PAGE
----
On a recent overland journey across East and Southern Africa, I was struck by just how busy African borders are. The potential of increasing trade and improving lives is immense. I was able to enter seven of the eight countries I visited without requiring a prior visa. One of the biggest learnings during this trip was that the viability and benefits of regional integration – both as an ideology and as a tool for promoting trade, development and movement of capital and resources – are increasingly being challenged by the current world order.
From Brexit to the rise of ‘Make America Great Again’, and from opportunistic Russian interventionism to China’s increasingly assertive nationalism, political forces appear to be pushing away from the liberal vision of free trade and regional integration.
The AfCFTA promise
Even as parts of the world (including certain African countries) head down the path of nationalism and protectionism, others are bullishly pursuing bilateral trade and investment agreements aimed at opening markets and lowering import duties. The first step towards the realisation of trading within a borderless USD 3.4 trillion market under the African Continental Free Trade Area (AfCFTA) is to begin in June 2020. In the long-term, the African Development Bank estimates that AfCFTA has the potential to increase the value of intra-African trade by 25% and boost total economic output by USD 29 trillion by 2050. When fully implemented, AfCFTA is set to create the largest free trade area since the establishment of the World Trade Organisation.
For the first time in a long time, Africa has chosen a different path from the rest of the world, which appears to be narrowing its trade horizons on several fronts. With this new order, people, capital and goods are expected to move more, creating new entrepreneurial opportunities, unlocking jobs and additional growth capital. Attention now turns to African leaders. Will they find the political will and courage to implement AfCFTA at a time when agendas are topped by mediocre economic performance, unsustainable debt and the urge to remain in power? Increasingly, discussions around regional integration within Africa will unfold in the digital space – in real-time and in 280 characters – providing some counterbalance to more traditional avenues for asserting leadership. Yet whichever platform Africa’s leaders choose to engage on, it seems likely that the promises of AfCFTA will take years rather than months to draw results of scale, with the continent also susceptible to the same narrow agendas that are pervading other parts of the globe at this time being.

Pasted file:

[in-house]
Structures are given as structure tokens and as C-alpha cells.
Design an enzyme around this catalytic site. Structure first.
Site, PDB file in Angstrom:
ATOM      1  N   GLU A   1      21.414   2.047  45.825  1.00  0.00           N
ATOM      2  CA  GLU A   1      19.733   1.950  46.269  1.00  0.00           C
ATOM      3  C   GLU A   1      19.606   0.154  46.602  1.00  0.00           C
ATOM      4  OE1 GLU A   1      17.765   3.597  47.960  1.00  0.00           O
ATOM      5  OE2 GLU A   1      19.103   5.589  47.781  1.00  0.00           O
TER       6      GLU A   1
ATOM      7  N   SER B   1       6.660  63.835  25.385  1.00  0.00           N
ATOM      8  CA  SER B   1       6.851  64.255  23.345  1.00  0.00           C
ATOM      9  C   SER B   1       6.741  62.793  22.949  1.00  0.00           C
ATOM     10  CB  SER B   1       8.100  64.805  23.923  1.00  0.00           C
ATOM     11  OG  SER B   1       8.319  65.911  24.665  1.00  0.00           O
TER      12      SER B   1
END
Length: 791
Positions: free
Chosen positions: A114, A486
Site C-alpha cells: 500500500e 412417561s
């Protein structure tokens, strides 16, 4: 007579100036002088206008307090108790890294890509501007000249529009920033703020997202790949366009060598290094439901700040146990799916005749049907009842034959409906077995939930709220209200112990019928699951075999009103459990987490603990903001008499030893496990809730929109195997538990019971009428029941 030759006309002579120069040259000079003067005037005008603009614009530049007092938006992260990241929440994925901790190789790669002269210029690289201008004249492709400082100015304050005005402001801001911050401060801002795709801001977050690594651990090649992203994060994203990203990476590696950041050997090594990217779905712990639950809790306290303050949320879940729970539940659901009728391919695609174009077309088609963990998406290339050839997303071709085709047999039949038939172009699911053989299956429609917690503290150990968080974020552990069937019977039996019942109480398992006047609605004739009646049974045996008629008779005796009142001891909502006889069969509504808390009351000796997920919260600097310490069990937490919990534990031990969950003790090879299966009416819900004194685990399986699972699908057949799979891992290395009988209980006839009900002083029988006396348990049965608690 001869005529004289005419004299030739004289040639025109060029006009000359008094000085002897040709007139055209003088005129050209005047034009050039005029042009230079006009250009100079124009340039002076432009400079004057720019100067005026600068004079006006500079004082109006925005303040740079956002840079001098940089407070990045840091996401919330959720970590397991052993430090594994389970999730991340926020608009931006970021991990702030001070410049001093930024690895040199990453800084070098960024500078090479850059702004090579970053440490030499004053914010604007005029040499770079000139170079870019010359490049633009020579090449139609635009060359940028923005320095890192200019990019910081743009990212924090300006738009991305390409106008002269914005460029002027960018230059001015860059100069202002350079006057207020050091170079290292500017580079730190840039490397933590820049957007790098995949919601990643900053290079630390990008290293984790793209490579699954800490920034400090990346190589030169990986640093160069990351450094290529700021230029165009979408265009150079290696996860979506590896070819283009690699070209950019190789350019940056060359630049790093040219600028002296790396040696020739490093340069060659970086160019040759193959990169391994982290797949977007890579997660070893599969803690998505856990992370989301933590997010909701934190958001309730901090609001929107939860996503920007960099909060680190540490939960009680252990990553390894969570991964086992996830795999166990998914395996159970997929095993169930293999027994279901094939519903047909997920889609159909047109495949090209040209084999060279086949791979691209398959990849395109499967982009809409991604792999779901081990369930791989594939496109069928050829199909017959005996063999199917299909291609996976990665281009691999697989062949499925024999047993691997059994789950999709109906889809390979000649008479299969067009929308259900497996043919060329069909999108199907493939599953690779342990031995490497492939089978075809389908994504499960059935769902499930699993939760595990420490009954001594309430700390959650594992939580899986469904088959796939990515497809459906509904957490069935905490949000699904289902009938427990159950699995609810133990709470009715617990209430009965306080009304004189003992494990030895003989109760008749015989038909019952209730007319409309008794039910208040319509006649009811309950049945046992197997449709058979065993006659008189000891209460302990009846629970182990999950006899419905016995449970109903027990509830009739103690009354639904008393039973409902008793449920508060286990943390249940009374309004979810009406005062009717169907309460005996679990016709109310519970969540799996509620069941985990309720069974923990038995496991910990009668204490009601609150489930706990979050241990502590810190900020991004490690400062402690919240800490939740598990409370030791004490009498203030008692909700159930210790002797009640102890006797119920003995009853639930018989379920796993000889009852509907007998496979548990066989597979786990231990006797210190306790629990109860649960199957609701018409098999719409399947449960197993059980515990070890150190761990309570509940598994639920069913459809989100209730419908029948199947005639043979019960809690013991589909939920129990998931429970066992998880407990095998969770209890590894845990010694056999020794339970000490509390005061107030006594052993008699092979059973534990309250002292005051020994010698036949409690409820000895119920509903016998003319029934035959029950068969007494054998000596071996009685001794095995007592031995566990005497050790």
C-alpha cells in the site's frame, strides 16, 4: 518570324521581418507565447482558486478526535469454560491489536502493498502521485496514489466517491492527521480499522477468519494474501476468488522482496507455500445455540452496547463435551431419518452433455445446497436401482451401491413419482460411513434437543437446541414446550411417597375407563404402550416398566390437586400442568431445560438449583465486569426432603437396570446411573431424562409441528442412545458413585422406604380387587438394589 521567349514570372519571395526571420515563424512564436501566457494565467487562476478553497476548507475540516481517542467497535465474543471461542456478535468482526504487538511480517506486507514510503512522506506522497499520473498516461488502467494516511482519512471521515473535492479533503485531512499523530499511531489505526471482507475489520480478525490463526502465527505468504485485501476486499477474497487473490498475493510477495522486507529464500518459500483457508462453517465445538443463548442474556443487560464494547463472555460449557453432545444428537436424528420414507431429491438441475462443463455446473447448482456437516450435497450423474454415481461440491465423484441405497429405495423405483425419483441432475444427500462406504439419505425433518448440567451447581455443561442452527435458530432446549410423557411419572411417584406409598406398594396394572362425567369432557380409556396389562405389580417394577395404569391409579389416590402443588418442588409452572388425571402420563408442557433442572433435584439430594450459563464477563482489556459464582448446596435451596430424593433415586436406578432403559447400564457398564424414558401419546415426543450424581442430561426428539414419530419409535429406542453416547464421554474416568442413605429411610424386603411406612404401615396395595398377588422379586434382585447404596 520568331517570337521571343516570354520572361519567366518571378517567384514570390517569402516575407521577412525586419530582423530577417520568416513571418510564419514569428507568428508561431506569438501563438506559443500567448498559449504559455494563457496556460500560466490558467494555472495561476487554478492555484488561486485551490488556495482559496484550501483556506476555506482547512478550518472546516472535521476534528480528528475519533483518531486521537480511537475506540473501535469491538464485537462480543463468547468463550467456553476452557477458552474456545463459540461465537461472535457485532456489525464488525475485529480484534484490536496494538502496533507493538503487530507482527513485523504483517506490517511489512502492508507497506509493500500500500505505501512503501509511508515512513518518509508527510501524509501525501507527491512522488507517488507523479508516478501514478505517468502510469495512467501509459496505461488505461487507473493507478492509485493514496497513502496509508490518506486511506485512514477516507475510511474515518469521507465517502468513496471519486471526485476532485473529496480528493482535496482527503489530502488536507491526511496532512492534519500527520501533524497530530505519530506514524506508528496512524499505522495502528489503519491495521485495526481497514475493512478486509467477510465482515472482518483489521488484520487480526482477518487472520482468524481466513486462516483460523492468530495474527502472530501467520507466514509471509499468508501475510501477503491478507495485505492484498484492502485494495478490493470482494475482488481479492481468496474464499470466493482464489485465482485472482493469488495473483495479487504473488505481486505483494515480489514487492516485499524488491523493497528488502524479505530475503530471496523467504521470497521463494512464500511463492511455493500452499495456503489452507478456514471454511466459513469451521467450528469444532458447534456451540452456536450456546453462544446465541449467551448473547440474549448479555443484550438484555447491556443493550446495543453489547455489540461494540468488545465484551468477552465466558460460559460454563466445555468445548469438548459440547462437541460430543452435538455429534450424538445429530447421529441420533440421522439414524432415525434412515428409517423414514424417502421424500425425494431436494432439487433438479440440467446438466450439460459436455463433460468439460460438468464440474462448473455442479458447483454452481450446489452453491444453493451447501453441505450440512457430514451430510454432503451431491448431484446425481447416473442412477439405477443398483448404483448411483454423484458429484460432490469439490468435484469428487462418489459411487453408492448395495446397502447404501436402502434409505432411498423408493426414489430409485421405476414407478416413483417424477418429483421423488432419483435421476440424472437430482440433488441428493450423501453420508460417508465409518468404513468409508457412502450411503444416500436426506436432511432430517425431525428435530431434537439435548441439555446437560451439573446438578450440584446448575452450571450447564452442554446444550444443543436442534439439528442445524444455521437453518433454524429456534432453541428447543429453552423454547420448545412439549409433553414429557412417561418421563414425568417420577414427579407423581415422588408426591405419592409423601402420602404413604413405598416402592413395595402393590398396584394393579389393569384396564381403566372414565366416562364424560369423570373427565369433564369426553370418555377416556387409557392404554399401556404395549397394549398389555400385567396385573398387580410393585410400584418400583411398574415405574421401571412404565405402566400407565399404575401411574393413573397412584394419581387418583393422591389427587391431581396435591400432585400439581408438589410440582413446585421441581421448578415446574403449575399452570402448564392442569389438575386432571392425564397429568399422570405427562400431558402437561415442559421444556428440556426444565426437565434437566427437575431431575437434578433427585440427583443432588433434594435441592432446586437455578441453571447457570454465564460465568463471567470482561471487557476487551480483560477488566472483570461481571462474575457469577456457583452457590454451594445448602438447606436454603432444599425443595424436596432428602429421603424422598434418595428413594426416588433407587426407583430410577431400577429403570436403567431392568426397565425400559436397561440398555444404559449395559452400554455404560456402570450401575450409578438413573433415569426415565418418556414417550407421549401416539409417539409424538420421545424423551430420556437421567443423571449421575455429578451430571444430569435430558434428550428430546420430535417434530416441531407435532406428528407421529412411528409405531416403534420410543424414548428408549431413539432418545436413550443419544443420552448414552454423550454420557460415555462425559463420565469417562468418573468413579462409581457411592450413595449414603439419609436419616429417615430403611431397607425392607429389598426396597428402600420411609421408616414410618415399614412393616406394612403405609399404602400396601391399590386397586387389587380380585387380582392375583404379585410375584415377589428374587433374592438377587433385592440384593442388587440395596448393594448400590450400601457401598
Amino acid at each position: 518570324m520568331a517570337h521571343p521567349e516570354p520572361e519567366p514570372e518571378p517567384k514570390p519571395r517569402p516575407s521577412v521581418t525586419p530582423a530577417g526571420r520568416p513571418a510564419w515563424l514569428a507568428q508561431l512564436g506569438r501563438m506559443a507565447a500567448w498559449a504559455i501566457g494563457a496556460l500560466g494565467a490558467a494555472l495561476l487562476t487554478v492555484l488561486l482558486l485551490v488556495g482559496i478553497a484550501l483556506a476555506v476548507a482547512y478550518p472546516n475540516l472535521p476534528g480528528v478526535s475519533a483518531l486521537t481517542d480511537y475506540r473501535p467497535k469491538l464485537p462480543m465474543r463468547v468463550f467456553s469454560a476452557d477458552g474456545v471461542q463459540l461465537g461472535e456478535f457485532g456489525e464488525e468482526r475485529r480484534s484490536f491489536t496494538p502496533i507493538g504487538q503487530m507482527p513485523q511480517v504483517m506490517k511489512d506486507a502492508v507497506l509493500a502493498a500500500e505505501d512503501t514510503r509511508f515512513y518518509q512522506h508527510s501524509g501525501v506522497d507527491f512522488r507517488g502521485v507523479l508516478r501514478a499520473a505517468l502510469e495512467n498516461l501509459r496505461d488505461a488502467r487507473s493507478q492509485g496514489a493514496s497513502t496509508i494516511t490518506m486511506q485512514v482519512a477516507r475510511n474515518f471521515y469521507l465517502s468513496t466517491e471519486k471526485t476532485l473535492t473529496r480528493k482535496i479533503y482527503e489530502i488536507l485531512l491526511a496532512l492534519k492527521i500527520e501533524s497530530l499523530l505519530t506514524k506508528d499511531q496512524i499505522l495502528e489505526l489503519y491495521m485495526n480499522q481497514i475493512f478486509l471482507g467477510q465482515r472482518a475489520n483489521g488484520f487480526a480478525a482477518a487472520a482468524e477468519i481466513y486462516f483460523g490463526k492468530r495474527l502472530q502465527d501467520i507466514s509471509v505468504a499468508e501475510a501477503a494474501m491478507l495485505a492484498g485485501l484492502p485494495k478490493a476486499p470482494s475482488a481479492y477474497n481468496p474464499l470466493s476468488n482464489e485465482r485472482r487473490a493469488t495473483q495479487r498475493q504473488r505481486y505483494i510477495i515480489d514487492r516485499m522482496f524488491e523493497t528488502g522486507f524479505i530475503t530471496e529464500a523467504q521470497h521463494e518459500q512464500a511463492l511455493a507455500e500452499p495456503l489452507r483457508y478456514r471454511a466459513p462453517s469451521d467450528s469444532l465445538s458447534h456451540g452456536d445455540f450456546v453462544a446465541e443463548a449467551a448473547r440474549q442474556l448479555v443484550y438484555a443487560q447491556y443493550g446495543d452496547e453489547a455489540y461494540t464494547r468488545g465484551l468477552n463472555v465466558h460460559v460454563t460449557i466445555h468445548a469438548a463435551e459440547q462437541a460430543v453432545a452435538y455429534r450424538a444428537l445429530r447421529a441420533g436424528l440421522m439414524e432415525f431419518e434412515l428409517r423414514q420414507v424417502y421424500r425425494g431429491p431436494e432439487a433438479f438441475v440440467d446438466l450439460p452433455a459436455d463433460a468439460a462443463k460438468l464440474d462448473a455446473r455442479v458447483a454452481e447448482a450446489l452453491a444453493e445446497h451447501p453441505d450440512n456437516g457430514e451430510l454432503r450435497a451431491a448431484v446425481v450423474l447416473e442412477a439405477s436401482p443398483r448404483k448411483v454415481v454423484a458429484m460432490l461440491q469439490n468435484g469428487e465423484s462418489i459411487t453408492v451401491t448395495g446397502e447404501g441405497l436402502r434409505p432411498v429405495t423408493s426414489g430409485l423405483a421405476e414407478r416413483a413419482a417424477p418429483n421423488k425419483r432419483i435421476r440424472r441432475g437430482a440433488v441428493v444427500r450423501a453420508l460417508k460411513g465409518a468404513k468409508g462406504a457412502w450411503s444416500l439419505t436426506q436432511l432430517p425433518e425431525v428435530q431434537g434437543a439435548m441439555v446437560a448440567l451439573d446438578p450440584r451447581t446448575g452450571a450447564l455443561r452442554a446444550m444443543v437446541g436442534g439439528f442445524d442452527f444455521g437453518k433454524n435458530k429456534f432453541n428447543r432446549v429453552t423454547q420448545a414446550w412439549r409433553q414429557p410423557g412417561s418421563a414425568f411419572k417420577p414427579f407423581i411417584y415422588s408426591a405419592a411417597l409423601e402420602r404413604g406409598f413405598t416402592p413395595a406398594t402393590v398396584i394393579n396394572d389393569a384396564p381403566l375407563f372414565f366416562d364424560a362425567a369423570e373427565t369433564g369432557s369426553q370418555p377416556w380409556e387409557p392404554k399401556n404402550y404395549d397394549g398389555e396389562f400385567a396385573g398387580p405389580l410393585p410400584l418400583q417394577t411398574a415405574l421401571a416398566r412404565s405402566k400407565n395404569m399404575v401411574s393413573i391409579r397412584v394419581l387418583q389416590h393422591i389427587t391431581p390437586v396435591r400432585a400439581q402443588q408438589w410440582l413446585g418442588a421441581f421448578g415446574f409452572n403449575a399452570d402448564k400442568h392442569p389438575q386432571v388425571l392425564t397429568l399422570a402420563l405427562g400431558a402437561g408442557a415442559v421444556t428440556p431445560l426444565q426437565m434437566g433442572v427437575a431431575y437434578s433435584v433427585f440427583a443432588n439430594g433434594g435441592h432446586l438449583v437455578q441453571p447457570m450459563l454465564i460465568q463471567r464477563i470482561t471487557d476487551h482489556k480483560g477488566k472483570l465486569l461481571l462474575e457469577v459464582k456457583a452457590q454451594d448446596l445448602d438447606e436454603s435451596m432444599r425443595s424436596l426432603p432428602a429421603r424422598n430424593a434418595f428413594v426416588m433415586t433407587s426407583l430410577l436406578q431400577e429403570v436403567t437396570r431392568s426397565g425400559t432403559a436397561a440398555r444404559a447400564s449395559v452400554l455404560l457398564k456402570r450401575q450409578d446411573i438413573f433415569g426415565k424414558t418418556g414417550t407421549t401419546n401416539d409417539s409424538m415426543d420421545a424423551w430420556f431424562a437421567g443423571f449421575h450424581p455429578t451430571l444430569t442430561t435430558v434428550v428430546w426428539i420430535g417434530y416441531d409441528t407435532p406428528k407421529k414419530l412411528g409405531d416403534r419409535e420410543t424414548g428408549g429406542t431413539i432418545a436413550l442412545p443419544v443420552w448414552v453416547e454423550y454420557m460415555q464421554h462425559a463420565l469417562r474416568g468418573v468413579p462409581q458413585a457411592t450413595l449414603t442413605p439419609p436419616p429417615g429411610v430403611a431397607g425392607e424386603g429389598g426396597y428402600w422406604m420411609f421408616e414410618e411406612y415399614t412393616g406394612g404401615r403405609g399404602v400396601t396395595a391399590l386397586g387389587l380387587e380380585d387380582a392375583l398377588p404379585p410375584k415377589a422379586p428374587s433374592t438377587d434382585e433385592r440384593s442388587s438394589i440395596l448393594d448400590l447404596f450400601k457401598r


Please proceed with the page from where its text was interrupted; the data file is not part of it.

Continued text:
As it stands, only 15% of exports from African countries are to other parts of the continent, while the equivalent figures for North America and Europe are 58% and 67% respectively. The logistical and political challenges are many. But while regional integration is usually talked about in the context of exchange of goods, capital and information between countries, the real driving force behind it are the people. And African people are on the move. Young Africans – expected to constitute 42% of the continent’s population by 2030 – are curious, ambitious and keen to learn and exchange ideas.
AfCFTA’s implementation in June 2020 will not go as scripted, but its transformational potential might also be unscripted. A stubborn immigration officer at one border post aside, the rest of my travel was smooth. Experiencing this level of free movement across the continent, I could not help but be slightly envious of future generations, despite the multiple challenges compounding our political and environmental situation.
By Martin Macharia | Consultant | Africa Practice